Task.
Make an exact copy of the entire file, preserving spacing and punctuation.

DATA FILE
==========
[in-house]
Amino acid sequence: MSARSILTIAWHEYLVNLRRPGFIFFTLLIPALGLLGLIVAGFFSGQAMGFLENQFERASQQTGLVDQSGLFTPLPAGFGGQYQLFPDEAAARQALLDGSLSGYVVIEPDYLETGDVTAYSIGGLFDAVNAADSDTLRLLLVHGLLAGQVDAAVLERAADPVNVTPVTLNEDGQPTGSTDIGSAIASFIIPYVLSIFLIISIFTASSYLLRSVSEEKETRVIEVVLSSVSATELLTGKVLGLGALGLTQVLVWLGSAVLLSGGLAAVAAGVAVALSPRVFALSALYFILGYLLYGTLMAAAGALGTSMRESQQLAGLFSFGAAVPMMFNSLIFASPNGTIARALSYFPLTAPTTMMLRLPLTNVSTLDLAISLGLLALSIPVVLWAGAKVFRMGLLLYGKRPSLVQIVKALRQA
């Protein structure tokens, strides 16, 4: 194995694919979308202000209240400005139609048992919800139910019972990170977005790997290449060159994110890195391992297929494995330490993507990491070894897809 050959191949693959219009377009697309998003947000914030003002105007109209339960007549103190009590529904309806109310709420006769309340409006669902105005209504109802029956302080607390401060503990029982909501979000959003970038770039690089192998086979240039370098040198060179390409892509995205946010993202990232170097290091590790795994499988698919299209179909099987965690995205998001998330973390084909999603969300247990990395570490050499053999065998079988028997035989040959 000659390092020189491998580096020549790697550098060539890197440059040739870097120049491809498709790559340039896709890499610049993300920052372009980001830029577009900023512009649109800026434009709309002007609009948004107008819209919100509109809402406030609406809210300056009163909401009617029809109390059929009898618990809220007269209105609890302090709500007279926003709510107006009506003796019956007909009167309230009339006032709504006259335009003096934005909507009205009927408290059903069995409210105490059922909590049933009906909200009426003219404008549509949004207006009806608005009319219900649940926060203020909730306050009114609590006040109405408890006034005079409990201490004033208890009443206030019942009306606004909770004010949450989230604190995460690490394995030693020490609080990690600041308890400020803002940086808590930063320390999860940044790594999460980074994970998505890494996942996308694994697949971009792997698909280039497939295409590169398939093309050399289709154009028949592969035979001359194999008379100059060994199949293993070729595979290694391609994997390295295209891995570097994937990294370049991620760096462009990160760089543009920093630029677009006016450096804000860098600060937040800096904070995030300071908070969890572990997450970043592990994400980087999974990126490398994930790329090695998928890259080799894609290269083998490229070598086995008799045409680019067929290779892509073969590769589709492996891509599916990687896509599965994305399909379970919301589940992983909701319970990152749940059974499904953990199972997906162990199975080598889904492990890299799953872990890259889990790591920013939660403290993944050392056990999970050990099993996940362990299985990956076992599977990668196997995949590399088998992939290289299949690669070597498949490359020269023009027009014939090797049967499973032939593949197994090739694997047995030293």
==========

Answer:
[in-house]
Amino acid sequence: MSARSILTIAWHEYLVNLRRPGFIFFTLLIPALGLLGLIVAGFFSGQAMGFLENQFERASQQTGLVDQSGLFTPLPAGFGGQYQLFPDEAAARQALLDGSLSGYVVIEPDYLETGDVTAYSIGGLFDAVNAADSDTLRLLLVHGLLAGQVDAAVLERAADPVNVTPVTLNEDGQPTGSTDIGSAIASFIIPYVLSIFLIISIFTASSYLLRSVSEEKETRVIEVVLSSVSATELLTGKVLGLGALGLTQVLVWLGSAVLLSGGLAAVAAGVAVALSPRVFALSALYFILGYLLYGTLMAAAGALGTSMRESQQLAGLFSFGAAVPMMFNSLIFASPNGTIARALSYFPLTAPTTMMLRLPLTNVSTLDLAISLGLLALSIPVVLWAGAKVFRMGLLLYGKRPSLVQIVKALRQA
């Protein structure tokens, strides 16, 4: 194995694919979308202000209240400005139609048992919800139910019972990170977005790997290449060159994110890195391992297929494995330490993507990491070894897809 050959191949693959219009377009697309998003947000914030003002105007109209339960007549103190009590529904309806109310709420006769309340409006669902105005209504109802029956302080607390401060503990029982909501979000959003970038770039690089192998086979240039370098040198060179390409892509995205946010993202990232170097290091590790795994499988698919299209179909099987965690995205998001998330973390084909999603969300247990990395570490050499053999065998079988028997035989040959 000659390092020189491998580096020549790697550098060539890197440059040739870097120049491809498709790559340039896709890499610049993300920052372009980001830029577009900023512009649109800026434009709309002007609009948004107008819209919100509109809402406030609406809210300056009163909401009617029809109390059929009898618990809220007269209105609890302090709500007279926003709510107006009506003796019956007909009167309230009339006032709504006259335009003096934005909507009205009927408290059903069995409210105490059922909590049933009906909200009426003219404008549509949004207006009806608005009319219900649940926060203020909730306050009114609590006040109405408890006034005079409990201490004033208890009443206030019942009306606004909770004010949450989230604190995460690490394995030693020490609080990690600041308890400020803002940086808590930063320390999860940044790594999460980074994970998505890494996942996308694994697949971009792997698909280039497939295409590169398939093309050399289709154009028949592969035979001359194999008379100059060994199949293993070729595979290694391609994997390295295209891995570097994937990294370049991620760096462009990160760089543009920093630029677009006016450096804000860098600060937040800096904070995030300071908070969890572990997450970043592990994400980087999974990126490398994930790329090695998928890259080799894609290269083998490229070598086995008799045409680019067929290779892509073969590769589709492996891509599916990687896509599965994305399909379970919301589940992983909701319970990152749940059974499904953990199972997906162990199975080598889904492990890299799953872990890259889990790591920013939660403290993944050392056990999970050990099993996940362990299985990956076992599977990668196997995949590399088998992939290289299949690669070597498949490359020269023009027009014939090797049967499973032939593949197994090739694997047995030293």